Common dental problems

  • Finger guard or semi-rigid mouth prop extremelly useful for inital dental assessment. Precaution: to secure it from finger detachmentand risk of swollowing.

Finger guard2


  • Semi-solid Mouth Rest, wider for adults and more narrow for disable children with limited mouth opening. Can be used also by parents or carers. Gentle insertion with horizontal position and then slow rotation in order to release dental arches.

mouth rest

  • Special caution when using mouth rest (even asemi-soft one) in elderly, frail patients with TMJ problems and/or involuntary mandible movement (eg. Parkinson’s disease). Increased risk of TMJ disfunction. Practical tip – to place mouth rest as pictured above with horizontal position and then gently and slowly rotate to semi- or fully vertical position.


  • High risk and prevalance of caries – commonly related to poor oral hygiene and sugary diet, may be also linked to less than normal amounts of saliva, medications containing sugar, or special diets that require prolonged bottle feeding or snacking


  • Tooth erosion – linked to acidic diet (coke), frequent vomiting or gastroesophageal reflux (Prader-Willi syndrome, alcohol misuse, eating disorders)
  • High risk of severe and generalized periodontal disease due to inadequate oral hygiene and/or impaired immune systems or connective tissue disorders (Down syndrome, diabetes, immune deficiences, HIV)
  • Gingival overgrowth as a side effect from medications such as calcium channel blockers, phenytoin sodium, and cyclosporine (epilepsy)
  • Oral mucosa abnormalities: laceration, ulceration, denture stomatitis (candydiasis, fungal infections), angular cheilitis, viral infections usually due to the herpes simplex virus (HIV, immune deficiences)
  • chronic lips ‘cracks’
  • Acute and urgent dental problems: pain, abscess, swelling, tooth wear, self-inflicted injury, acute and chronic dental trauma (learning disabilities, cerebral palsy)
  • Accidental trauma to the face and teeth (intellectual disability, seizures, abnormal protective reflexes, or muscle incoordination)
  • Hypo- or hypersalivation, inadequate quality and quantity of saliva (Preder-Willis syndrome, learning disabilities)
  • Dry mouth syndrome, drugs induced xerostomia (Sjogren syndrome, diabetes, sarcoidosis), BMS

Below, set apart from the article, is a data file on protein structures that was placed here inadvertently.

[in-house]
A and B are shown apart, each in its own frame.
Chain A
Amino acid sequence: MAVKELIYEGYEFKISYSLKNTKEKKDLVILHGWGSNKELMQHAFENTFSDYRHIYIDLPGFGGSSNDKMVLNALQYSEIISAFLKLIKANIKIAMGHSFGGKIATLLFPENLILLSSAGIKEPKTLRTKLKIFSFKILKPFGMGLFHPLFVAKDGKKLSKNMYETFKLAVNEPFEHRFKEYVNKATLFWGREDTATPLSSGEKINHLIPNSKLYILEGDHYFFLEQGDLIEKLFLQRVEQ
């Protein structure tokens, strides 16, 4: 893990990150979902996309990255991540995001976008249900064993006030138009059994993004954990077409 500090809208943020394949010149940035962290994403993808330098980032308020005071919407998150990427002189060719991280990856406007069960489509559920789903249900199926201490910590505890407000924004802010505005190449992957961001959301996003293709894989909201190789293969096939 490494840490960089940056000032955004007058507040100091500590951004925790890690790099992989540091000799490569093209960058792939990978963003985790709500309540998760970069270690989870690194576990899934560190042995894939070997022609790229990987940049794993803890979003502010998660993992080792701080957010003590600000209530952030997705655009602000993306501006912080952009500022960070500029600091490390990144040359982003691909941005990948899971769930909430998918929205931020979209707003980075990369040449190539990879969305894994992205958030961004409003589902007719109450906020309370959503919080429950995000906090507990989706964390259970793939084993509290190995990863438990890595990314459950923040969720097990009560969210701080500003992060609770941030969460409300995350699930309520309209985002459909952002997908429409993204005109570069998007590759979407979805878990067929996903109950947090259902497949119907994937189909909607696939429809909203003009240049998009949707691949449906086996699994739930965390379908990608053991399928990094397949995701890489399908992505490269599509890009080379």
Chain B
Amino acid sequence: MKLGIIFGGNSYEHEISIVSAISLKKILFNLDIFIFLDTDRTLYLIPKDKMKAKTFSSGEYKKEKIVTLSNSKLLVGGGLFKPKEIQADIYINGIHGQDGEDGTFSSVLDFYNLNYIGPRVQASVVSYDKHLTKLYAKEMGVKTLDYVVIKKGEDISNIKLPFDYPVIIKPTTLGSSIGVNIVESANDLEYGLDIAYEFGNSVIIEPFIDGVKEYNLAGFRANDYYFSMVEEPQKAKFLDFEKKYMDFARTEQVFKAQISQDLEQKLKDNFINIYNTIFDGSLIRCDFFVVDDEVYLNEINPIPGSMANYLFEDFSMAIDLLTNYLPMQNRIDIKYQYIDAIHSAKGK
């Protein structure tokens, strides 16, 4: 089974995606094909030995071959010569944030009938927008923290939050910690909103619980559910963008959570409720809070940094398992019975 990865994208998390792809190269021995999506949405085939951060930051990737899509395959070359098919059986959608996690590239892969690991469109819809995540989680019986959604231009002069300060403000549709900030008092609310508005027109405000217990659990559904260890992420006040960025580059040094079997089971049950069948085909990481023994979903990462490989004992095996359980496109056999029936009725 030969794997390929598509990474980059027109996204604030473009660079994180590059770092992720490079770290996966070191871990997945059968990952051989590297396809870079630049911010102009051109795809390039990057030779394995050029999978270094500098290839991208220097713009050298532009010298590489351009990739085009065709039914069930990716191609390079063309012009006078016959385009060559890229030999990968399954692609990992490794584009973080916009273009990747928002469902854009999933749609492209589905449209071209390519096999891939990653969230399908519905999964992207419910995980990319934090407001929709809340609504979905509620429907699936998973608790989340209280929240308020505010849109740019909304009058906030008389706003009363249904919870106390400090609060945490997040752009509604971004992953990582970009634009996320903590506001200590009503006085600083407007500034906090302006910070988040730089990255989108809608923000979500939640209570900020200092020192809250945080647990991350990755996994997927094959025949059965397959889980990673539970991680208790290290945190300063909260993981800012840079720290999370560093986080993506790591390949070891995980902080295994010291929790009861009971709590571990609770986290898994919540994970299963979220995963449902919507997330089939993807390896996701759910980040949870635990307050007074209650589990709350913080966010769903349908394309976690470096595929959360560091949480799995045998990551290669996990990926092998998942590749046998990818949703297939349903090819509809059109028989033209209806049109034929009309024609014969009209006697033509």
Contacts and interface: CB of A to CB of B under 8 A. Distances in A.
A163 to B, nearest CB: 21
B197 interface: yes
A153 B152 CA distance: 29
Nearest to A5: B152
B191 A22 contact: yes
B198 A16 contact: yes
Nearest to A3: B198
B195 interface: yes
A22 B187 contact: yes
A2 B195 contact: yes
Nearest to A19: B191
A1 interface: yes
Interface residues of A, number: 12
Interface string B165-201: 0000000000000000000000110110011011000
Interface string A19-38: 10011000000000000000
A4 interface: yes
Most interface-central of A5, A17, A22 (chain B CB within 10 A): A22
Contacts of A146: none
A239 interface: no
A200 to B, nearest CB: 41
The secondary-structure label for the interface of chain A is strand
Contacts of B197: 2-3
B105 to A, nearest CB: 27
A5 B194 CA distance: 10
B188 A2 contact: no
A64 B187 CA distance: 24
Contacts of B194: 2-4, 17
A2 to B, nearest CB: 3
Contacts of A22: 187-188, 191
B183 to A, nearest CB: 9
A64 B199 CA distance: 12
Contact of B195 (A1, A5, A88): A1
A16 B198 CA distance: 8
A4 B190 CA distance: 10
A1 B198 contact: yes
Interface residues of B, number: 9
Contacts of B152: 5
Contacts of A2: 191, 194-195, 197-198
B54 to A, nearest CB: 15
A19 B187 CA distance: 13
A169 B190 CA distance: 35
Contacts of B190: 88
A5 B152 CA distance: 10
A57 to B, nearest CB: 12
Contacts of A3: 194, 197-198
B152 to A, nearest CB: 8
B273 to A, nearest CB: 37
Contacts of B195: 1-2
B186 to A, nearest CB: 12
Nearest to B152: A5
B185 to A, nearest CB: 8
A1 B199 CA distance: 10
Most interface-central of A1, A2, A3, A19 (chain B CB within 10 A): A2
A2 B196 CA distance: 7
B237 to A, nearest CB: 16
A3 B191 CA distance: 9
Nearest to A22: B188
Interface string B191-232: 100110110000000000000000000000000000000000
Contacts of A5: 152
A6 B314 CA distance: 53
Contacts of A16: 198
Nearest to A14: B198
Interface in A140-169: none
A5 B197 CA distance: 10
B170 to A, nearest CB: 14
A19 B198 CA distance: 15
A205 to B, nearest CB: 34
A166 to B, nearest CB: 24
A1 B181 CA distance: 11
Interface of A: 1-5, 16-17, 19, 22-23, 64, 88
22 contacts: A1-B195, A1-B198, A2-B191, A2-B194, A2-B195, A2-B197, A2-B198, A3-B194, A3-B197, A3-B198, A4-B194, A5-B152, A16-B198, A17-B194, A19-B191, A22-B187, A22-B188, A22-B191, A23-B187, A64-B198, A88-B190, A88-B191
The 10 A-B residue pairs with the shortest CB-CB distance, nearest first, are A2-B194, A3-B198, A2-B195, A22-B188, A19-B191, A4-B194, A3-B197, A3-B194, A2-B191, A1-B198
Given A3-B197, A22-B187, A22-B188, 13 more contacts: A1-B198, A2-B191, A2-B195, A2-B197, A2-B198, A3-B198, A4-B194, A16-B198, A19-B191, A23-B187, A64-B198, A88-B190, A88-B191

• Mouth ulceration with systemic origin associated with: medications, haematological problems, autoimmune diseases, bone marrow transplants, chemotherapy, etc.
  • Acute mucositis
  • Atypical facial pain, neuralgia (CVA, neurological and endocrynological problems)
  • Neuropathic pain, myofacial pain, trigeminal neuralgia
  • Facial muscles dysfunction: hypotonia or hypertonia which contributes to malocclusion and tooth grinding, particularly in people with cerebral palsy
  • Chronic parafunctions, bruxism: habitual teeth grinding, clenching,  is a common occurrence in people with cerebral palsy or severe intellectual disability. In extreme cases, bruxism leads to severe tooth abrasion, flat biting surfaces and pulp exposure/pulpitis (learning disabilities, Prater-Willis syndrome)
  • Hypodontia (Down syndrome, Williams Syndrome)
  • Developmental abnomalities of mandible and maxillary bones
  • Delayed, accelerated, or inconsistent tooth eruption in children with growth disturbances
  • Premature loss of permanent teeth due to periodontitis or congenital disorders (hypophosphatasia)
  • Tooth anomalies may vary in the number, size, and shape of teeth. People with oral clefts or other congenital conditions (Down syndrome, ectodermal dyspalsia) may experience congenitally missing, supernumerary or malformed teeth.
  • Complex orthodontic problems, severe malocclusion, teeth rotations and displacements
  • Poor fit between the upper and lower teeth, and crowding of teeth in people with developmental disabilities
  • Developmental orofacial conditions
  • Xerostomia
  • Long-term smoking habit, often excessive amount, especially between individuals with mental health problems, depression, anxiety, schizophrenic disorders, etc. This helps controls themselves  and keep calm. Some mental health units or even hospital wards, allow patient with mental health issues to continue their smoking habit. A main role as a dentist – smoking cessation advice and provision of information about local smoking cessation team

Step-wise restorative technique or so-called “therapeutic sealants” can be in selected cases suitable in patients with special needs

To make it clear to the patient that ‘decay and gums diseases’ are preventable !